Home & Away series

Pillar Mountain looked as smooth as a meadow, but the climber soon found himself knee deep in ferns, grasses, and a score of flowering plants, and now and then pushing through a patch of alders as high as his head, wrote John Burroughs on the 1899 Harriman Expedition. I think of this as I swim through brush on the trail up Barometer. I remember covertly crying the first and only time I ever hiked this mountain, two decades ago, swearing I would never do it again, cursing one false summit after another. But here I am, climbing Barometer because our son, about to start 7th grade, is attempting to hike seven mountains in seven days for the local challenge that’s been wildly popular in Kodiak this summer. His little brother is climbing today too, although he’s afraid of heights. A rational fear, I think, since he only panics when it’s so steep that he determines he might die from a fall. Today he called it quits about two-thirds of the way up, and I wasn’t that sad to settle down with him and look for cranberries while the rest of the group hiked on. This morning’s orange sunrise was the ghost of forests burning on the mainland. The burning in my legs reminding me why I rarely climb mountains—because it’s hard. And why I should—because it fills you with gratitude. I signed on for today’s climb mainly because the whole endeavor is such a cool start to middle school. I get choked up when I pick four boys up for a hike and they’re waiting in a tree like a Kodiak version of Sandlot. Probably it’s my own nostalgia making it meaningful. But later, on the trail, there’s the secret pleasure of eavesdropping on your teenager’s conversations.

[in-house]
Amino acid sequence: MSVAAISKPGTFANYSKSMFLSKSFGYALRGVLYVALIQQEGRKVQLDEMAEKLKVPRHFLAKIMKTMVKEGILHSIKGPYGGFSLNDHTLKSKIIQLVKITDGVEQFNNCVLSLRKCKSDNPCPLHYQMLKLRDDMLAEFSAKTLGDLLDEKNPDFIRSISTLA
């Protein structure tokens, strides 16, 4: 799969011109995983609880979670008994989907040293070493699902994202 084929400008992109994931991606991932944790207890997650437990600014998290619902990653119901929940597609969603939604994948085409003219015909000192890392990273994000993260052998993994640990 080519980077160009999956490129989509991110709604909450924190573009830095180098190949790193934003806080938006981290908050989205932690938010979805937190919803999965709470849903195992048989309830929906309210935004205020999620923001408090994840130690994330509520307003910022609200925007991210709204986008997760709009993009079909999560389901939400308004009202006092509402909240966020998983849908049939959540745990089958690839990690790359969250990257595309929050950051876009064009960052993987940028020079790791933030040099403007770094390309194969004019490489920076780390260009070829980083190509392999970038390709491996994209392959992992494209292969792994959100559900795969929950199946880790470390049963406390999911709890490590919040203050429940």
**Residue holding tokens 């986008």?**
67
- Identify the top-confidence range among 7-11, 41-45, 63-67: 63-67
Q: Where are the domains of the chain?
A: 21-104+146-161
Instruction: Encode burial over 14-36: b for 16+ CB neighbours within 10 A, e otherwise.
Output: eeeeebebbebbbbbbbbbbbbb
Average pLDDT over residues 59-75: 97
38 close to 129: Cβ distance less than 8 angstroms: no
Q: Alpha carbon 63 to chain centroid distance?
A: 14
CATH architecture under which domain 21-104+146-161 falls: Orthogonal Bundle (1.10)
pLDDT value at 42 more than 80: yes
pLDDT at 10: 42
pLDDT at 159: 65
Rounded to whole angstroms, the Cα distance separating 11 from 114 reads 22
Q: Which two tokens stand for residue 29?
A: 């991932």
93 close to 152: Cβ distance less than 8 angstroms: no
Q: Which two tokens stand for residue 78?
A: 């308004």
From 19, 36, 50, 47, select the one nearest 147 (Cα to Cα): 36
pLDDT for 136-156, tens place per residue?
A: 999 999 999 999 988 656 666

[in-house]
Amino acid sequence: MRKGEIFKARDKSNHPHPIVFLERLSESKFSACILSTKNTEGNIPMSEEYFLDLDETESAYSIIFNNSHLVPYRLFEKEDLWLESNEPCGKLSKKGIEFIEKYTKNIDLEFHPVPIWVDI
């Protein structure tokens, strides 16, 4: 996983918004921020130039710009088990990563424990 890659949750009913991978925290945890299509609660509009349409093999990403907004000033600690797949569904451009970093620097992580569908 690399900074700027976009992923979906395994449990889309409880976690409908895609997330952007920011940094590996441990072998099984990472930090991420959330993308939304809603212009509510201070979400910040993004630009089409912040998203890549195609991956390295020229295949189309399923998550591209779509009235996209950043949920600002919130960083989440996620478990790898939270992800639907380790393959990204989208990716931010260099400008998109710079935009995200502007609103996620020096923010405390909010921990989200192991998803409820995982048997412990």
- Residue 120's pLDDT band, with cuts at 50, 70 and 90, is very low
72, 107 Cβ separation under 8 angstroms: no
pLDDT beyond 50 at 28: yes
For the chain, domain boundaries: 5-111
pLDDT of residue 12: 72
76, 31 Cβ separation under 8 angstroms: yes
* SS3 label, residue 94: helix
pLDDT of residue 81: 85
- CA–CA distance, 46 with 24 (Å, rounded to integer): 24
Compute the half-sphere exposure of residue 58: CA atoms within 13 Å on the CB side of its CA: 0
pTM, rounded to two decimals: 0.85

I wish this was Star Trek and I could just beam myself down.

My brother shouted I hate peanut butter and he threw it at the TV and the hole is still there.

Wouldn’t that be cool if it was half caterpillar and half butterfly? They’ve found a chrysalis on the trail, solid as a brown cigar, and debate opening it versus leaving it be.

Here’s a sharp object.

I’m throwing this sharp object.

No! It’s our only sharp object and we can use it to dissect it.

We’re definitely going to dissect it.

Over and over this summer, the kids hiked the ridge above our cabin and slid down the landslide, thundering dust. I grew up climbing the mountain behind Old Harbor and remember leaning backwards during a fall storm into gusts of wind strong enough to hold us, feeling we were part of the mountain and it was a part of us. We descended in almost intoxicated recklessness. We slid down on the seat of our pants choosing portions of the mountain where our braking powers were only just enough to keep from catapulting straight into the moonstreaked bay, Carolyn Erskine wrote of a childhood trip up Pillar in the early 1900s, a memory she carried all her life. Which is to say, if you can give your kids a mountain, one that fills them with pride in the rising and joy in rushing down again, well, that is something.